Our final lapbbook study will be on rocks and minerals for this school year. We used our morning walk to hunt for rocks to bring home and inspect. The kids love using old toothbrushes to scrub the rocks clean
If I’ve learned one thing after three years of homeschooling
Wait, scratch that. Start over.
If I’m still learning one thing after three years of homeschooling, it’s that less is more. We have workbooks and unit studies and experiments and read alouds and a morning basket and memory work and copy work and and and…
The days we try to cram it all in to feel like we accomplish something often result in tears, tantrums, and slammed doors (and I don’t mean just the kids). As we wind down to the end of this school year – 10 weeks to go, according to our planning system – we are taking a softer, slower approach to a few of our mornings and are seeing great results.
On Mondays and Wednesdays, all four kids are home all day. On Tuesdays and Thursdays, the two big kids and the baby are home (our three year old attend a morning preschool on our ministry campus). On Fridays, it’s just me and the baby as the big kids are at a casual co-op on our ministry campus, and the three year old is at her preschool. Can I get an amen for Fridays!?
This past Wednesday (a day with all four kids) we took the slow, soft approach to school and it was miraculous. After about ninety minutes of Morning Basket, the two big kids worked together on an Easter Egg Spelling game.
Then we tackled one of our all time favorite activities – dying eggs! We decided to use only primary colors, dye the eggs, and then switch them to a different primary color to see if we could make secondary colors.
The worksheets stayed filed in their folders. Pencils didn’t leave the storage shelf. We sorta made a mess, and we got a little loud.
It was peaceful, fun, and full of learning.
Other days will look different, and those pencils will find their way into tiny hands as we tackle spelling words, math problems, and handwriting. On this day, I cherished how I felt when school was over and know that slow & soft is worth it.
We’ve started a weather lapbook and this morning’s rain inspired us to paint.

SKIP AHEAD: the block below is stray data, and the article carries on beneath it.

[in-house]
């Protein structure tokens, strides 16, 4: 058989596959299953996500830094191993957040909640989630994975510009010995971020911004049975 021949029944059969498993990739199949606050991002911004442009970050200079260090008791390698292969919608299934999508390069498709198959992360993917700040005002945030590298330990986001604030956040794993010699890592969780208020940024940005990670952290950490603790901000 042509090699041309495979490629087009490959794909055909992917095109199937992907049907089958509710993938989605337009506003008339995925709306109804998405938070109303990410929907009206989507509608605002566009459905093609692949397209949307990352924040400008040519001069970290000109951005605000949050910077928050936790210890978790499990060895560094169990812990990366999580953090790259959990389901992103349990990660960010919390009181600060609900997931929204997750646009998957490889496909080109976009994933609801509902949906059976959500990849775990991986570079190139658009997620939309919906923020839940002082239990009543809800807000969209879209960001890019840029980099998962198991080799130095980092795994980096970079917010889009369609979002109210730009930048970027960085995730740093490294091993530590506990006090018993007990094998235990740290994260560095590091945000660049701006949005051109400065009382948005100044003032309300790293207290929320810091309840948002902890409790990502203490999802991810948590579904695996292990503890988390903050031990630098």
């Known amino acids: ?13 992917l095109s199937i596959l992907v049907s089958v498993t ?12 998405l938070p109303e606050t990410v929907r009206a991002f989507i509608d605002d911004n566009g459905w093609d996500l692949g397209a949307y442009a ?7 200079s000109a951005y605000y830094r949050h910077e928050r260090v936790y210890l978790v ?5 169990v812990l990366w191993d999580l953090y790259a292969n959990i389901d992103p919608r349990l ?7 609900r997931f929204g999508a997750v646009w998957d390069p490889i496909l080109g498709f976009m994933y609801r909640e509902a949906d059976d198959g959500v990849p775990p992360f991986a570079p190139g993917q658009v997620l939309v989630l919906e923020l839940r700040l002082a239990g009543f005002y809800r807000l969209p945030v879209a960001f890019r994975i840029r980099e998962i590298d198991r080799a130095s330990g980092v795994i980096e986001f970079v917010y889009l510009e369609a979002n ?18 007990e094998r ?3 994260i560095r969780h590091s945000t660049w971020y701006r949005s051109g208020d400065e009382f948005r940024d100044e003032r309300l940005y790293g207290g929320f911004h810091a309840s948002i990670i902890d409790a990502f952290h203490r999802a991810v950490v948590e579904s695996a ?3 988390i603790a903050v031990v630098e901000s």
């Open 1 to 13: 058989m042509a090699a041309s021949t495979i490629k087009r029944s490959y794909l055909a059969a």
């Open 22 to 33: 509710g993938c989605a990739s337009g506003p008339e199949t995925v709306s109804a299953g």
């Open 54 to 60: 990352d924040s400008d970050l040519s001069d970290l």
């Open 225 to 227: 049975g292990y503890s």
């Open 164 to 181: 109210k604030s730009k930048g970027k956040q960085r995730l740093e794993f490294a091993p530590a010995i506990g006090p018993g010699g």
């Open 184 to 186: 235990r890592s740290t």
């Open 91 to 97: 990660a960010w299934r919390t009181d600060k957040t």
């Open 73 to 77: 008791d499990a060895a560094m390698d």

Hen the big kids wanted to use primary colors to see how many secondary colors they could make. Madison sang a song while she mixed, listing which colors combine to make other colors (ABCmouse.com for the win!). Hunter carefully blended the paints and ended up with almost the whole rainbow.
Leah quickly retreated into her own world, asking for watercolors and creating abstract masterpieces. She is three years old, through and through.
I’m learning to take it slow for school on mornings when we are all home. Learning takes many forms. Paint splatters included.
While Hunter was trying to figure out an “intro to multiplication” worksheet this week, Madison leaned across the table and piped up, “It’s 12.”
And it was!!
I don’t know how she figured it out but she did…and before Hunter, who is the math-puzzle master. Seeing she was interested in what he was doing, I pulled together a few items to set up her own multiplication activity.
She loved dividing the play good and household items between her Calico Critters. I modeled how to say “X groups of Y equals Z” and she explained each set of items as she divvied them out.
Hunter wanted in on the game so Playmobil characters came out of the toy shelf and he followed his worksheet by using them as his manipulatives. I love when both kids connect on an activity or subject and can share their learning journey. Especially having kids so close in age and grade, they can learn alongside each other and grow together in a whole different way.
The part that I love most about homeschooling is when the kids grab a hold of something and run with it. The excitement that comes over them when it hits them and all they want to do is learn more…it’s priceless.
This morning we read about thunderstorms, as we’re learning about the different layers of the atmosphere through this book. I thought it would be fun to watch some videos of lightning strikes so they could see what we are learning about. Where we live there aren’t many thunderstorms and I don’t think they’ve ever seen lightning actually strike the ground.
Afterward, we pulled out some paper and pens and I told them to draw the most awesome lightning storm they could think of. Here is what they came up with. Of course, Leah decided to take it up a notch and color a volcano lightning storm. Haha!
These unplanned moments of discovery are such a sweet treasure to me as I watch them learn, grow, and discover the world around them.